PRINCETON, NJ -- Americans are about equally divided on whether Dr. Martin Luther King Jr.'s dream of U.S. racial equality has been realized, with 51% saying it has and 49% saying it has not. Blacks (54%) are slightly more optimistic than whites (49%) that the dream has been realized.
Americans who believe the dream has not been realized are about as likely to say the U.S. has made major progress toward attaining it as to say it has made minor progress or none at all. Thus, although a bare majority believe the dream has been realized, a total of 74% of Americans believe either that it has been realized or that major progress has been made.
The poll finds Americans have very positive views of King. Ninety-four percent rate him positively on a scale ranging from +5 (very favorable) to -5 (very unfavorable), including 69% giving him a +4 or +5 rating.
Gallup asked the same question several times in the 1960s, and the current numbers represent a dramatic shift in the way Americans view King now compared with the past. His prior ratings were at best slightly more positive than negative, and in a 1966 measurement, Americans were nearly twice as likely to have a negative (63%) as positive (33%) opinion of him. That negative evaluation was likely the result of his public opposition to the Vietnam War at a time when Americans still favored it as well as the opposition of some to the continued push for expanded civil rights and economic legislation to assist blacks.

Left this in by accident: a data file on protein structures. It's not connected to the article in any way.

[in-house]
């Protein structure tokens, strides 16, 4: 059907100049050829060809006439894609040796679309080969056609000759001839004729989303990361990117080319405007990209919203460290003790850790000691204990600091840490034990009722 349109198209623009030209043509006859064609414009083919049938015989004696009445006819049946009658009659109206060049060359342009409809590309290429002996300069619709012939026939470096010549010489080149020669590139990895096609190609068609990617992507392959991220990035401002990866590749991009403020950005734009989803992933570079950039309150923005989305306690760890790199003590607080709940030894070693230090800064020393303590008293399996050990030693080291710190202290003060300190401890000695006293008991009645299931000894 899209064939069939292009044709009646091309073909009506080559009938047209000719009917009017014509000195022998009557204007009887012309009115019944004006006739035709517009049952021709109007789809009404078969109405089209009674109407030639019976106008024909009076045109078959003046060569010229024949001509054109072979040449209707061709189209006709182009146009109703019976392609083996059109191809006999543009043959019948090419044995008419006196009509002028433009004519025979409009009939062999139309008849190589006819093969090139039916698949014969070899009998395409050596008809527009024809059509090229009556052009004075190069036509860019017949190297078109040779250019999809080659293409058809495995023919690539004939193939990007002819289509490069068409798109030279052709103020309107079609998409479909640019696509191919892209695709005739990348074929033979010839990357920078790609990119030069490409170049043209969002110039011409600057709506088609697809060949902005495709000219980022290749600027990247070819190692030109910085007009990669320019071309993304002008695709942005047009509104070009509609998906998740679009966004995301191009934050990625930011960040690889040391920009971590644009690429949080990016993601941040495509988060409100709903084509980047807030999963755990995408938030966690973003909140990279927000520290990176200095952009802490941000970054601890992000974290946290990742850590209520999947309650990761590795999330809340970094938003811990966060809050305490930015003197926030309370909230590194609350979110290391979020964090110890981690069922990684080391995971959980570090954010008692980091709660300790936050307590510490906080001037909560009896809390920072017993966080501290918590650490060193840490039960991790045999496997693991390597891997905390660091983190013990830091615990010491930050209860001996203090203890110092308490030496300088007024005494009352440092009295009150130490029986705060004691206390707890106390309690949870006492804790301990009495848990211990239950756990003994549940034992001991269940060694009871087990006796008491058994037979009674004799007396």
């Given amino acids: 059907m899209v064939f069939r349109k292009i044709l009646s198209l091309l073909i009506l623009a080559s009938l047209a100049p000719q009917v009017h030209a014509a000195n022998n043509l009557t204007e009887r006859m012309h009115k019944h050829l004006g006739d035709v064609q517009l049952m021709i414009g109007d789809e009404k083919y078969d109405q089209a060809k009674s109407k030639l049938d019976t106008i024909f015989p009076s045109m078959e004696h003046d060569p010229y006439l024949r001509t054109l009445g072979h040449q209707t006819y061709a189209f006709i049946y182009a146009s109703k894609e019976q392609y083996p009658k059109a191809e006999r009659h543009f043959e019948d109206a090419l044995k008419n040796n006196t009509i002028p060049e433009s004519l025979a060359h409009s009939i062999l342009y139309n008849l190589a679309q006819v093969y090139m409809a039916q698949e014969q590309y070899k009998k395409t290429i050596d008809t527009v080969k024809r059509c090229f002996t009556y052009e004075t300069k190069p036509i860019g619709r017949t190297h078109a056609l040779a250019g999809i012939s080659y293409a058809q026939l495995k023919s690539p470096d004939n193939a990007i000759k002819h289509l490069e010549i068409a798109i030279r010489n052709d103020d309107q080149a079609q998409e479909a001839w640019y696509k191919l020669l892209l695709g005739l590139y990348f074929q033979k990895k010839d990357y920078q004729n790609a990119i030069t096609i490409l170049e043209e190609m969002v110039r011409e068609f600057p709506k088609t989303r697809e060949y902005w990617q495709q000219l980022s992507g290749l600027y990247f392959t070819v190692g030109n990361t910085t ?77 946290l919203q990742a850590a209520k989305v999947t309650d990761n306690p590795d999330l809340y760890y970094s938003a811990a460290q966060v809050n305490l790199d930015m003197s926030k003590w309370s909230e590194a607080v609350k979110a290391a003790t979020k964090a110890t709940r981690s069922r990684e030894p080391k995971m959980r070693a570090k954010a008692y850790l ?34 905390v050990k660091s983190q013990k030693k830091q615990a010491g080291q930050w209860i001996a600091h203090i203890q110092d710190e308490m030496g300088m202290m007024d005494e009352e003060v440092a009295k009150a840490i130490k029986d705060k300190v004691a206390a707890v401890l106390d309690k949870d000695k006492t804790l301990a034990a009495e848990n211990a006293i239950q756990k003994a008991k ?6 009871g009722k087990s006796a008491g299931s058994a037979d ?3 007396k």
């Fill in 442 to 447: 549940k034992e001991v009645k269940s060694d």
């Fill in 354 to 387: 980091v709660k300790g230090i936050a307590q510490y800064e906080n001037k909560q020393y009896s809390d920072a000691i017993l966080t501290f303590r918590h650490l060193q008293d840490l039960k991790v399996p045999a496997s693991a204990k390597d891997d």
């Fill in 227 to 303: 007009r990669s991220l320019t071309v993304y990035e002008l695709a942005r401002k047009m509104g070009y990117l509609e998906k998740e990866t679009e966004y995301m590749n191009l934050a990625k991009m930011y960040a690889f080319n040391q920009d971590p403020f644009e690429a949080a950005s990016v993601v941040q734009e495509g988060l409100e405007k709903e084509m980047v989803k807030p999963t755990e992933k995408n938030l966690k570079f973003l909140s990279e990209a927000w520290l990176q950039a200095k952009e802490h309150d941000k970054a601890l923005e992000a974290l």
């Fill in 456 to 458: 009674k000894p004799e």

In the current poll, 65% of whites and 95% of Blacks give King a +4 or +5 favorable rating.
Given the high regard Americans currently have for Dr. King, it is not surprising that 91% approve of having a national memorial to him. Blacks are essentially unanimous in their approval at 99%, while whites' support is a bit lower but still high at 89%.
Seventy percent of Americans say they are at least somewhat interested in visiting the memorial, including 28% who are very interested. Interest is much higher among blacks, with 94% saying they are interested, including 68% who are very interested.
King's legacy as the paramount figure in the civil rights movement is being recognized in the establishment of a national monument in his honor. His most important legacy, though, may be improvements in Black-White relations and steps toward greater racial equality in the United States. Americans clearly see progress in this regard: 89% say Black civil rights have improved over the course of their lifetime. Still, Americans believe there is work to be done, as nearly half are still not convinced that King's goal of true racial equality has been met.